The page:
At EvergreenHealth Medical Center, two miles from the shuttered Lifecare nursing home where 35 patient deaths were linked to the virus, officials say their rate of new covid-19 cases has remained steady for two weeks, leveling off at a trickle. On some days, doctors here see just one new case and haven’t seen more than four in a single day since mid-March. Few need admission to the intensive care unit, which is now half full, two weeks after overflow necessitated transfers to nearby hospitals.

      “We don’t know if this last two weeks has been a calm before the storm or if the social distancing and all those things that are being practiced are working,” said EvergreenHealth CEO Jeff Tomlin, whose hospital has handled 40 of Washington state’s more than 130 virus-related deaths. He said the hospital is no longer overwhelmed, though it still lacks needed supplies.

      In the state that saw the nation’s first confirmed covid-19 case on Jan. 31, and the first recorded coronavirus-related death on Feb. 29, initial dire predictions of massive spikes have waned even as testing has increased rapidly. While the number of cases in Washington state grew by as much as 28 percent in one day on March 15 — it has since slowed significantly statewide, as have hospitalizations and deaths.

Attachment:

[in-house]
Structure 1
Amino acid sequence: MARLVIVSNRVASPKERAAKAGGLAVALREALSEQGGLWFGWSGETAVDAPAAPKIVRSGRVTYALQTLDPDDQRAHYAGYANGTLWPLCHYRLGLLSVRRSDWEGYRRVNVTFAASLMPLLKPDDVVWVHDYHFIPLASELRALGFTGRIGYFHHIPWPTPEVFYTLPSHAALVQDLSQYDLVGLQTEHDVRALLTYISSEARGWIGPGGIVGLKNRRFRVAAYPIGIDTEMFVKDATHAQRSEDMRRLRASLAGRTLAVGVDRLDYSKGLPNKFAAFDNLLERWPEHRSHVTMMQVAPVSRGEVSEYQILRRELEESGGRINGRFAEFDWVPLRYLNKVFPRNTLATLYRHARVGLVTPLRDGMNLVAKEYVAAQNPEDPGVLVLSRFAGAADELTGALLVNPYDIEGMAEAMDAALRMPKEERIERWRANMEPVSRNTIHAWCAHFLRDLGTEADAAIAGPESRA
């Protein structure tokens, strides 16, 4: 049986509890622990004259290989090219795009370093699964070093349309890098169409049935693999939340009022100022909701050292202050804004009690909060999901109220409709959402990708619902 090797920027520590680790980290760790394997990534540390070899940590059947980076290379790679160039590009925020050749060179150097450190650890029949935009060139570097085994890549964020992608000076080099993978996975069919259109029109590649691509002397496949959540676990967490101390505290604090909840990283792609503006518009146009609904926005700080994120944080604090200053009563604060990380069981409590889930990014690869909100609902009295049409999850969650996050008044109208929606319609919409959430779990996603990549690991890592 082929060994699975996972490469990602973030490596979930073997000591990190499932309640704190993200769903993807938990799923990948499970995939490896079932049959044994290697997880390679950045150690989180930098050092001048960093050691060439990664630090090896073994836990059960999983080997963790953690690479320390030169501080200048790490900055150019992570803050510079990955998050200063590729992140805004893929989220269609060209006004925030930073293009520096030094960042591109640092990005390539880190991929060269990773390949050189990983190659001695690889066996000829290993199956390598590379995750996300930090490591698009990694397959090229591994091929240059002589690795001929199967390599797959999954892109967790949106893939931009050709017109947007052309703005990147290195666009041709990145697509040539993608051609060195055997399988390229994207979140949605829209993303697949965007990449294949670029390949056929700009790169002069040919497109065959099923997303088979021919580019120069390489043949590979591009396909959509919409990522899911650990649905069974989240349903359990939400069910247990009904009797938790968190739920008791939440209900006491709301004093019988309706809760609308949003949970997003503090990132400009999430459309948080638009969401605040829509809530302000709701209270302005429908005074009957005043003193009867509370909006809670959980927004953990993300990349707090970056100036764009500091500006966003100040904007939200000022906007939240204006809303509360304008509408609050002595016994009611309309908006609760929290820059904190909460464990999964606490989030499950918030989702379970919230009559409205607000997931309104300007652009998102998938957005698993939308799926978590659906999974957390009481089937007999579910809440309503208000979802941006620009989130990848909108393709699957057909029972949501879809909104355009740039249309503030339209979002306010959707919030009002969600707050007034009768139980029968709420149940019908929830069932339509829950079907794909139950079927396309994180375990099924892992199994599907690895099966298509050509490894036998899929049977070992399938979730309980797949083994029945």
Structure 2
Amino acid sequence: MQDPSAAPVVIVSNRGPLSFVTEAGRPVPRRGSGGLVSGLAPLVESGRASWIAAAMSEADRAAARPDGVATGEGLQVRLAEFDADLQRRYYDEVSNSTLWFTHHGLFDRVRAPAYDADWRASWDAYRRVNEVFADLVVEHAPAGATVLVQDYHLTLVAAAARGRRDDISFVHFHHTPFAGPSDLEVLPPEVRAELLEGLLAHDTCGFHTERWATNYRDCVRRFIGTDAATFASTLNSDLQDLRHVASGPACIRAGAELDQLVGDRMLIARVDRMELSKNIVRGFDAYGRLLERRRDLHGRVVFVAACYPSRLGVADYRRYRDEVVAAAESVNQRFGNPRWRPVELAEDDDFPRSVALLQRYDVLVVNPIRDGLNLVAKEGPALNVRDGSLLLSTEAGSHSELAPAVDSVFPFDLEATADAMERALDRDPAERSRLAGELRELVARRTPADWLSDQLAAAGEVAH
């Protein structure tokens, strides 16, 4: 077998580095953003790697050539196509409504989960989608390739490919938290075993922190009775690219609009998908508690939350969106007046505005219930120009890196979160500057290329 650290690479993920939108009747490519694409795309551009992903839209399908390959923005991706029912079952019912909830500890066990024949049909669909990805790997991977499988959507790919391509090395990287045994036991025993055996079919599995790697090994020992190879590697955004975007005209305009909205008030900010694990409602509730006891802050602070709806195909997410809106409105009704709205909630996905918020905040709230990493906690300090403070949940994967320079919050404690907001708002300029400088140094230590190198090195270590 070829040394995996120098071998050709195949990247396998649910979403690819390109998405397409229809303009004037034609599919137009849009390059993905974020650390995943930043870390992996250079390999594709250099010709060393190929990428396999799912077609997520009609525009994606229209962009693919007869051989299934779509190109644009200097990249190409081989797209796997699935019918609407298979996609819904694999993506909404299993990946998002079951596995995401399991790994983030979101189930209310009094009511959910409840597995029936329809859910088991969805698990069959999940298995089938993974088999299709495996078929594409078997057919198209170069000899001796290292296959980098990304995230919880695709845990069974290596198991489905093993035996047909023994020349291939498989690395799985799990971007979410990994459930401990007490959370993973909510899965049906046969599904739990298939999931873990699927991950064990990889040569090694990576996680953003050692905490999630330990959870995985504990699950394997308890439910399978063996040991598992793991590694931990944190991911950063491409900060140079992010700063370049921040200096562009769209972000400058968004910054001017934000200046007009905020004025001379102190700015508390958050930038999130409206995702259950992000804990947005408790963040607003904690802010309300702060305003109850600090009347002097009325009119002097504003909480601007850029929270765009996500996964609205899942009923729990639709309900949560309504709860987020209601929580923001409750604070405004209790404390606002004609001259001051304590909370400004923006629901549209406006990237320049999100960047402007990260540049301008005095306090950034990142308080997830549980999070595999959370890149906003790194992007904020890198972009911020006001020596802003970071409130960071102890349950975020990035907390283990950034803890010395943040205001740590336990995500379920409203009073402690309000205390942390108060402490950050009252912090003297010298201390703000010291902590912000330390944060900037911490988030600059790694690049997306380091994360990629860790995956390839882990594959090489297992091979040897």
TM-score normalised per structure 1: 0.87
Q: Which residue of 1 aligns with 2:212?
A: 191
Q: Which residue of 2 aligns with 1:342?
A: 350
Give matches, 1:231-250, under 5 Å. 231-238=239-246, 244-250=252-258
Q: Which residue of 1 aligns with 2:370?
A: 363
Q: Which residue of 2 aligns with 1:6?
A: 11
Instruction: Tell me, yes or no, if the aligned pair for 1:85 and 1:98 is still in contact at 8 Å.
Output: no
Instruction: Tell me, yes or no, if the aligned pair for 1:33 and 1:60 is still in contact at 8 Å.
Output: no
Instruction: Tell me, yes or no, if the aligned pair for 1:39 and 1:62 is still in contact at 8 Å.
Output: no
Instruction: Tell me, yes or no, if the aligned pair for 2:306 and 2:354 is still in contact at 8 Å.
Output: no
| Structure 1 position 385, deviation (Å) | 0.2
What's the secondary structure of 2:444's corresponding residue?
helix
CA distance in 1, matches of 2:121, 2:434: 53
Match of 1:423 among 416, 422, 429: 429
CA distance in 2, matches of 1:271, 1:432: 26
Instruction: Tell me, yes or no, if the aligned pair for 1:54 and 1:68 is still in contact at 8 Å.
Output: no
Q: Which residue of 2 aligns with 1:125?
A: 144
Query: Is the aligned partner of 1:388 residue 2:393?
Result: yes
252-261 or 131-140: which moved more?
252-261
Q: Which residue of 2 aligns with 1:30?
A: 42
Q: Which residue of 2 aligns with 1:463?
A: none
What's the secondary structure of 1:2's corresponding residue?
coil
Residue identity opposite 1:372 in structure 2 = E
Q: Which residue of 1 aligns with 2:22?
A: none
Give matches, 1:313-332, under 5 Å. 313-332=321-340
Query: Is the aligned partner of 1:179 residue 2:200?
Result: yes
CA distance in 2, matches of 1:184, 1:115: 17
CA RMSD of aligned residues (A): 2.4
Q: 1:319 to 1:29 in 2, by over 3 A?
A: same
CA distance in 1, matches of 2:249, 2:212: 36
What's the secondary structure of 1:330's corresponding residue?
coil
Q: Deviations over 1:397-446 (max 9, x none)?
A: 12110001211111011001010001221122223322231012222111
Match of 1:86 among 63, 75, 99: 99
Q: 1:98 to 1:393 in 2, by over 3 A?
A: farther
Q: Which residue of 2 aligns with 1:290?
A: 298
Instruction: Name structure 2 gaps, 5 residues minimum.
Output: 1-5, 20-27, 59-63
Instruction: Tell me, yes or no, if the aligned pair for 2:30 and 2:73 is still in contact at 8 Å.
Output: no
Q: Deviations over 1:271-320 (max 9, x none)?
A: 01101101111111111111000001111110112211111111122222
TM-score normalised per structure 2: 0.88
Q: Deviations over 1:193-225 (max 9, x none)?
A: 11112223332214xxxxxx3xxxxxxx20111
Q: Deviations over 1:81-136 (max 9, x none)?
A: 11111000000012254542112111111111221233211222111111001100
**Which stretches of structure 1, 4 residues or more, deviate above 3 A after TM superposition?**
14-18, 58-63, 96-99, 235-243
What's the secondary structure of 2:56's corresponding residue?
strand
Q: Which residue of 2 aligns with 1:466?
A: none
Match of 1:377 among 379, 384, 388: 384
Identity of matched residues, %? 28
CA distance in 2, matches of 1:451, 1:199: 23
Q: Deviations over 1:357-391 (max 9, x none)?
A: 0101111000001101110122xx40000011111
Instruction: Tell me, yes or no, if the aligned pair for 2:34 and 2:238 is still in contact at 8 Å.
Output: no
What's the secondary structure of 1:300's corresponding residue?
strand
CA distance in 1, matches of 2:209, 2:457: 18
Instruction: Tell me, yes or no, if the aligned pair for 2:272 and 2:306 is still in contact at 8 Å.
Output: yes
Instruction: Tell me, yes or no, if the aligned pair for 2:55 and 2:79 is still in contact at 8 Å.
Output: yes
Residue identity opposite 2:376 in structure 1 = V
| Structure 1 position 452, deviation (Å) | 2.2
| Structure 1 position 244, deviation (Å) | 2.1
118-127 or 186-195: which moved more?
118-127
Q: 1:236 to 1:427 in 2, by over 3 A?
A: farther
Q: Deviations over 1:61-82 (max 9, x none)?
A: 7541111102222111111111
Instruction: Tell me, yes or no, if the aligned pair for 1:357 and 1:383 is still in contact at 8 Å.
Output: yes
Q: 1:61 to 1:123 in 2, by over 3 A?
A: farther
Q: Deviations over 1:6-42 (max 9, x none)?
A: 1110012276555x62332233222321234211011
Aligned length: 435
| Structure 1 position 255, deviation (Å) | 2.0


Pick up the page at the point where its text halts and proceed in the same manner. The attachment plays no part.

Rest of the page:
State authorities said there have been 2,580 positive cases and 132 deaths, and as testing in Washington has ramped up, the percentage of positive cases has remained low — holding at about 7 percent.

      “We know this is still a dire challenge, we know we have not turned the corner and we are not even close to the end of this battle, but we do think there is some evidence that our community mitigation strategy — to close schools, restaurants and theaters, to prohibit gatherings — we think these things have slowed the rate of increase in King, Snohomish and Pierce counties,” [Gov.] Inslee said during a news conference Thursday, pointing to a graph showing Washington’s rate of new cases beginning to flatten while most other states trend upward.

      • bostonboomer says:

        This is great news. I’ll have to tell my sister who lives in Portland, OR. Lots of Washington people commute there for work and she is worried.

        • NW Luna says: